In Depth

Oil price posts two-year highs - but how long can it last?

Brent rose above $59 a barrel this week, its best third-quarter showing since 2004

Oil price: return to $45 barrel now 'inevitable'  

4 August

A "re-test" of the $45-a-barrel low for the benchmark Brent crude oil price is "inevitable" in the near future as supply prices continue to squeeze the market, an analyst arm of Fitch Ratings has said.

The comments from BMI Research, quoted by Reuters, came in the wake of major falls on Monday that saw the price dip below $50 for the first time in six months. A price of $45 would be symbolically significant in the UK as it is the level at which petrol prices below £1 a litre become a distinct possibility.

The Financial Times notes the first trading session in August brought a fall of 5.2 per cent to $49.52 as data showed global production continuing to rise, adding to oversupply concerns, with worries persisting over a manufacturing slowdown in China. Commodities markets have recovered some "poise" in Tuesday trading, the FT says in a separate report, and Brent has moved back marginally above $50.

BMI said prices would remain depressed in the coming months amid pressure from a strong dollar, weakening Chinese economy and the prospect of Iranian oil further flooding the market. "A re-test of Brent crude's 2015 low around $45 per barrel looks inevitable given current ample market supply and intensifying bearish market sentiment toward prices," the firm said in a note to clients.

But analysts say it is unlikely there will be a return to the significantly below $50 norms pre-2005, or the high $100-plus levels the market had become accustomed to in recent years. Instead a "mid-price era" is now looming: BMI itself said it expected prices to move back towards $60 in 2016, in line with consensus forecasts of a return to $60-$70.

In the short-term, however, the trend is down. Sabine Schels, a commodities strategist with Bank of America Merrill Lynch in London, told the Wall Street Journal "we are probably a few dollars away" from a bottom, while David Hufton, of oil brokerage PVM, told the paper "the prospects of a second half-year price rebound have evaporated".

Oil price: Majors braced as $50 barrel looms

3 August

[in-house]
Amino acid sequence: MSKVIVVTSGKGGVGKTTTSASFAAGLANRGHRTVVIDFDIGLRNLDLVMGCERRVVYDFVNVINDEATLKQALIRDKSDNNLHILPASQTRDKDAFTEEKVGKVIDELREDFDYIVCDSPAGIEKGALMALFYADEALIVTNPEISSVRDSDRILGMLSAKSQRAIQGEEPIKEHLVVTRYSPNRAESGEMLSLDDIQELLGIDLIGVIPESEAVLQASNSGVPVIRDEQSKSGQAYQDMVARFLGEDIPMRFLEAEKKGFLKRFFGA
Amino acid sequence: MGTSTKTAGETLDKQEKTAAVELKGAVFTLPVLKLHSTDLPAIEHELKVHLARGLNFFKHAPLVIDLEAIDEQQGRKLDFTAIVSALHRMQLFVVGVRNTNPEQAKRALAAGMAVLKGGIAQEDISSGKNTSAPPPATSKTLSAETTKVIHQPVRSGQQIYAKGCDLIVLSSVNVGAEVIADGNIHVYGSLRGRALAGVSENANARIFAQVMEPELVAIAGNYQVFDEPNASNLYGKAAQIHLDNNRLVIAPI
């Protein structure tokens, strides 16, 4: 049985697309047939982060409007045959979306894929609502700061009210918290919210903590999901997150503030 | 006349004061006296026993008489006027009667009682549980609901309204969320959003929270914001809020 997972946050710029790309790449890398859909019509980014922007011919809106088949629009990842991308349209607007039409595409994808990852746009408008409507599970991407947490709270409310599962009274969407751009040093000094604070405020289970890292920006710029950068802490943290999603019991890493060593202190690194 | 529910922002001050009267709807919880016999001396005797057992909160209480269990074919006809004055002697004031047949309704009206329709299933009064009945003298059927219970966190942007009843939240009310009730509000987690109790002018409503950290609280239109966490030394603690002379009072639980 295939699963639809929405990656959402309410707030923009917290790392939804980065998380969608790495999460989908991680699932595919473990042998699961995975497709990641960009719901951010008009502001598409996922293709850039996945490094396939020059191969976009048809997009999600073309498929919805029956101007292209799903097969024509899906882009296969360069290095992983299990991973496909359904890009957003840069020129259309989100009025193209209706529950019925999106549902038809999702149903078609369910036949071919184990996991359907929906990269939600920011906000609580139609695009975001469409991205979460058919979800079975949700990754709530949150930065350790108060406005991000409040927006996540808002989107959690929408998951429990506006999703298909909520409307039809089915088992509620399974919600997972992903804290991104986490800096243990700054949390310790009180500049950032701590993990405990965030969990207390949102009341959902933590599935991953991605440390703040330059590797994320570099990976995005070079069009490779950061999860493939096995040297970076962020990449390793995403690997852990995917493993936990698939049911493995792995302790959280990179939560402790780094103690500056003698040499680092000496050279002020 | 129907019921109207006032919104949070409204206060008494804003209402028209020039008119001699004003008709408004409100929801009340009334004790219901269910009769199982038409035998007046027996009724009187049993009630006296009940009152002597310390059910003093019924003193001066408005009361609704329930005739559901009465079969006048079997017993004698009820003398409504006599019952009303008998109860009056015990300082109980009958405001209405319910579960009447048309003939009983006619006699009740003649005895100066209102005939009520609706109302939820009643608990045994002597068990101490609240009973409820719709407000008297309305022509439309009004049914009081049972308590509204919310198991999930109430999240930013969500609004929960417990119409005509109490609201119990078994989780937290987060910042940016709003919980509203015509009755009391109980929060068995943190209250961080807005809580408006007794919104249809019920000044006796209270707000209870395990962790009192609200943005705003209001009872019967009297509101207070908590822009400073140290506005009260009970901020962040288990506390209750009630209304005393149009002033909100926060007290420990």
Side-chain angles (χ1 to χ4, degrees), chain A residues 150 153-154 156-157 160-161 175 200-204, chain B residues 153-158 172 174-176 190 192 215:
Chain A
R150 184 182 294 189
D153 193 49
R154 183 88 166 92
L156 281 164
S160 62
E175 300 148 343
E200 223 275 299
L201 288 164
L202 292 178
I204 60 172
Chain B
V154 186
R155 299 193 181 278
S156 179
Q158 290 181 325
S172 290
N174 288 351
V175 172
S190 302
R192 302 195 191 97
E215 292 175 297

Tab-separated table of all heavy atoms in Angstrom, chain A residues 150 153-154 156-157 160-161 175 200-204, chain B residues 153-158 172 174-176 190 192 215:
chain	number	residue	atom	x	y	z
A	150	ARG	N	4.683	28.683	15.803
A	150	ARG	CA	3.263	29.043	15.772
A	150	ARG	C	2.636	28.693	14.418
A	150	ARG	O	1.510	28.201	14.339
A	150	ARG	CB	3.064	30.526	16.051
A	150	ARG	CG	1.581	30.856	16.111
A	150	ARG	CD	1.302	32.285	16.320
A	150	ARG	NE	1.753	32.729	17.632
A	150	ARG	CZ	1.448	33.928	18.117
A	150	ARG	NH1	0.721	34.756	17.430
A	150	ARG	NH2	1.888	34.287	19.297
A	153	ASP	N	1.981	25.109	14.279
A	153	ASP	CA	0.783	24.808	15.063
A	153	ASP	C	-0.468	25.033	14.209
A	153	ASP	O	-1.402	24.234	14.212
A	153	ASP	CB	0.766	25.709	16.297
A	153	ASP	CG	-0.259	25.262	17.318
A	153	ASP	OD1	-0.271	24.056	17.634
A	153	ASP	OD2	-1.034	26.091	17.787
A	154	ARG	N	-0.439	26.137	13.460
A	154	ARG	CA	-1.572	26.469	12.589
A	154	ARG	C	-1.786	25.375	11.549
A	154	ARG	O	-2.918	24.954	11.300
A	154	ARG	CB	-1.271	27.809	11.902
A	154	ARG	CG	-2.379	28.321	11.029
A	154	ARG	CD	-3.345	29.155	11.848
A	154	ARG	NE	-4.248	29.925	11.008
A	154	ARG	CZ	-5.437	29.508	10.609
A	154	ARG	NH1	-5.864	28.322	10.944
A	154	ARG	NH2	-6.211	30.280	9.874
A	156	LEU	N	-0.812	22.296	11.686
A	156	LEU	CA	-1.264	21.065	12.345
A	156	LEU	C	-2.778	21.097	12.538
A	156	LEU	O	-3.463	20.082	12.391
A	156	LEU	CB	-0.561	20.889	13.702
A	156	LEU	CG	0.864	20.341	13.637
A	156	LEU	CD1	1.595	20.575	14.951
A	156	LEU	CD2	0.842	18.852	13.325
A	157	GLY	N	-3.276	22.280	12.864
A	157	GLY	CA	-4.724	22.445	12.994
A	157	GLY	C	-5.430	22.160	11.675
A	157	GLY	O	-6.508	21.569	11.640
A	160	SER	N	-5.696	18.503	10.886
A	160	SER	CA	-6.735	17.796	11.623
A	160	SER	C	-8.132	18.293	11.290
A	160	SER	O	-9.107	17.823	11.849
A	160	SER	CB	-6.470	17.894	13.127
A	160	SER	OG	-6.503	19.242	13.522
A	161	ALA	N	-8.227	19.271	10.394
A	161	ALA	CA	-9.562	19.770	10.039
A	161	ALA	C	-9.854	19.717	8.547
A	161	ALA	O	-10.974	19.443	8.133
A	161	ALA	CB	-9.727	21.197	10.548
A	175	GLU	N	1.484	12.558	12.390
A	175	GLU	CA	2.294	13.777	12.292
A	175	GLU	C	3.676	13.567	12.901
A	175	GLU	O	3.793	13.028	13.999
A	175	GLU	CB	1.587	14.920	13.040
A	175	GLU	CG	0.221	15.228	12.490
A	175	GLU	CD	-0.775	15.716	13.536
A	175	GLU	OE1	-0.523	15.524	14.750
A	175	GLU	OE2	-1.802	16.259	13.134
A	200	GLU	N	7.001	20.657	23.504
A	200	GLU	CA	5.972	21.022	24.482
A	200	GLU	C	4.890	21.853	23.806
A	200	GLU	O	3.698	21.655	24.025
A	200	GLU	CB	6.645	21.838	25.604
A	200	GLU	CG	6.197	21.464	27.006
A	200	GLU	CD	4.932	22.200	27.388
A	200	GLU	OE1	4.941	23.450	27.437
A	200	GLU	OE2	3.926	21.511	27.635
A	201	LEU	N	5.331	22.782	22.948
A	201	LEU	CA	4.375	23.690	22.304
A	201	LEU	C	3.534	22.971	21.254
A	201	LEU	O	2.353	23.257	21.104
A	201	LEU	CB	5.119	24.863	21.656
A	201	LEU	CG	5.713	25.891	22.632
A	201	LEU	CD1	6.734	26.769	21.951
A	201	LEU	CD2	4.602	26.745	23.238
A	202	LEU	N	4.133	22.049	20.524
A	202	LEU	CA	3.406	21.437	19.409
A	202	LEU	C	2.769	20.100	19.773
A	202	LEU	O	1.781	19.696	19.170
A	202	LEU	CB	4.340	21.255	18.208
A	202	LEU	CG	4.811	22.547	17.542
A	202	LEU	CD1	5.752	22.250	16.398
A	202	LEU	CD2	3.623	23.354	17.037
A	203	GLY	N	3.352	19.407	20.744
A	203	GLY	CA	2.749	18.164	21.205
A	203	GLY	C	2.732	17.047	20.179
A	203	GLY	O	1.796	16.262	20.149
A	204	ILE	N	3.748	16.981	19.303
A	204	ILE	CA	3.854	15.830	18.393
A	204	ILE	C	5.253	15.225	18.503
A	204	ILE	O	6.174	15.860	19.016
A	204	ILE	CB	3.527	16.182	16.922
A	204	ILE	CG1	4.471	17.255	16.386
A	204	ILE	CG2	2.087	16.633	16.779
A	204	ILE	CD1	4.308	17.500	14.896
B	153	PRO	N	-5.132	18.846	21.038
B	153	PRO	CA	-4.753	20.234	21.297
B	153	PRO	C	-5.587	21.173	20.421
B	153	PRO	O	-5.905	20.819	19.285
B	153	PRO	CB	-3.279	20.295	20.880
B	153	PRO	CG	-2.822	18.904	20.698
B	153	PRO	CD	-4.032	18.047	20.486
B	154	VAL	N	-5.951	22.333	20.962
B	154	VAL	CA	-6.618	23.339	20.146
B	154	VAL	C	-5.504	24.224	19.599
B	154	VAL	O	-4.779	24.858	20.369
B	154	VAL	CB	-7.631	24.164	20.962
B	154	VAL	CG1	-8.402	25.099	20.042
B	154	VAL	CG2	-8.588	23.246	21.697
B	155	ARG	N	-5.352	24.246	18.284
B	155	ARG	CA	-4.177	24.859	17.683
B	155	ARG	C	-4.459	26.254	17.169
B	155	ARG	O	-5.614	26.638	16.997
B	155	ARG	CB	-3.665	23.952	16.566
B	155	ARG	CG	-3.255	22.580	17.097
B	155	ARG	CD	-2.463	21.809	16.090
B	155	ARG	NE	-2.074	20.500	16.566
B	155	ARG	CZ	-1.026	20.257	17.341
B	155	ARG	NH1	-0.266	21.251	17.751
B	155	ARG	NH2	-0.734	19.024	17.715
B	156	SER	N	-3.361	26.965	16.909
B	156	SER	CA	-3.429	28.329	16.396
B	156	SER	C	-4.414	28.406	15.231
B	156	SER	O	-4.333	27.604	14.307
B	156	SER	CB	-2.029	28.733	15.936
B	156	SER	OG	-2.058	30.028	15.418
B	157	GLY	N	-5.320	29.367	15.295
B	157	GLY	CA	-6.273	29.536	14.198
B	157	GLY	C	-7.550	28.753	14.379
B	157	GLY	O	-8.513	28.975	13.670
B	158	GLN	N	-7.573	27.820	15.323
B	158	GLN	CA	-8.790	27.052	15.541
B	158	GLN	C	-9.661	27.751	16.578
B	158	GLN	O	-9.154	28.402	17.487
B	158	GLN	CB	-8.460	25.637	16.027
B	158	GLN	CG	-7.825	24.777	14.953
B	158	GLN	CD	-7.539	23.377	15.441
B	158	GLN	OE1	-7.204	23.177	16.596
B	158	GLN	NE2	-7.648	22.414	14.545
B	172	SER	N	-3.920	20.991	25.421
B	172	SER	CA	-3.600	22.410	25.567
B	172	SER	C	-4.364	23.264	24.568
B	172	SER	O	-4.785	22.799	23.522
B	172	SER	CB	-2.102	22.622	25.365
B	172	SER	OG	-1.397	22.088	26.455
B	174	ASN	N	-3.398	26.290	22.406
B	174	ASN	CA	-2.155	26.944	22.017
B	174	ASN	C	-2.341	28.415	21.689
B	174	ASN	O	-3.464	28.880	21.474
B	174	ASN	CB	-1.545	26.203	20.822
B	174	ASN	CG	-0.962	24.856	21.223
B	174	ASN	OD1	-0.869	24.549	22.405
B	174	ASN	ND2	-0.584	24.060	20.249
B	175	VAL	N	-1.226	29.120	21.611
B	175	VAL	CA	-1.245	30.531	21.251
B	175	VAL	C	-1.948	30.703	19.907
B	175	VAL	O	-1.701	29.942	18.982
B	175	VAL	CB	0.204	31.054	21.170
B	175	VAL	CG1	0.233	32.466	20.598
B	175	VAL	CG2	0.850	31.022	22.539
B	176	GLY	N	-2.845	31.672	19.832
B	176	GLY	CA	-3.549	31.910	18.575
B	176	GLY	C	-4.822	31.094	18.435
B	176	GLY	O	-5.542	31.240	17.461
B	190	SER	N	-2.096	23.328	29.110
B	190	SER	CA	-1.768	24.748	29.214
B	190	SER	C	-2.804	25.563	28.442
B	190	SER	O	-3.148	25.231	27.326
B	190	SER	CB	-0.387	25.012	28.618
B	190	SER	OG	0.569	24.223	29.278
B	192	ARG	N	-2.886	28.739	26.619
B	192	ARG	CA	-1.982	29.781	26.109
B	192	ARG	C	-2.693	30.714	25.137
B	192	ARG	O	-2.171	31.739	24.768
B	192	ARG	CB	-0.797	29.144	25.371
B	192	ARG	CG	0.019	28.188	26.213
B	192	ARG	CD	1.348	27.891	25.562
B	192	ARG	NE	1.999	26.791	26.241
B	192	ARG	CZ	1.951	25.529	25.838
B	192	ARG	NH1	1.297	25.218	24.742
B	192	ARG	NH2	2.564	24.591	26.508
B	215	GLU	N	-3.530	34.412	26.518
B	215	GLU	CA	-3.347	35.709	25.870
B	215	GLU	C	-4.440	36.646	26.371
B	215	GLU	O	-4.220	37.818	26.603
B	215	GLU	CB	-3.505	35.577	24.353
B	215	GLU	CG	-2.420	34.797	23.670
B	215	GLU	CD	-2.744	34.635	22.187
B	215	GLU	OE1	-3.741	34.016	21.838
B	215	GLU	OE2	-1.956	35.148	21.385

A recent renewed decline in the price of oil is gathering pace, with international benchmark Brent crude hurtling towards the $50-a-barrel threshold it last breached in January at the nadir of its year-long slump.

In London the price per barrel was hovering a little above $51 on Monday morning, after it shed close to 2.3 per cent following a similar fall in New York. It is now more than 25 per cent below the peak of its spring recovery in May and is firmly entrenched in bear market territory, with many predicting a continued slide.

The Wall Street Journal said the latest selloff followed another round of data showing a persistent supply glut, with US producers continuing to increase output and, crucially, a significant decline in manufacturing activity in China. The country is the second-largest consumer of oil in the world and the news is damaging to the outlook for demand, which needs to remain sky high to justify excess production from Opec countries and the US shale industry amid a bitter turf war.  

As the FT notes, the falls come on the back of a painful week for oil exploration majors, with the likes of BP, Shell, ExxonMobil and Chevron reporting substantial declines in profit and the withdrawal of billions of dollars' worth of projects.

The industry is bracing for prices to remain low. Michele Della Vigna, co-head of European equity research at Goldman Sachs, has told CNBC that by 2020 it sees oil remaining around $50 per barrel, well below current projections of prices recovering to around $70 and a worrying sign for big oil companies. The World Bank recently said it still expects the price to recover this year and be above $70 by 2020.

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Of course, for consumers, plummeting oil is good news and it is already beginning to bring down the price of fuel at the pump. According to the RAC, depending on a number of factors, there is a chance the UK could again see a litre of petrol go below the £1 mark if oil prices slip back below $45.

Oil price drop forces huge cut in new projects

31 July

Another major oil company has said it will cut billions of pounds from spending plans as the market adjusts to a second price slump – and more results today are expected to detail further pain across the sector.

BG Group, the subject of a £55bn takeover by Shell that should complete early next year, posted earnings before tax and interest of $1.37bn (£880m) this morning, down by almost half on the $2.65bn (£1.7bn) it reported this time last year, according to the Financial Times.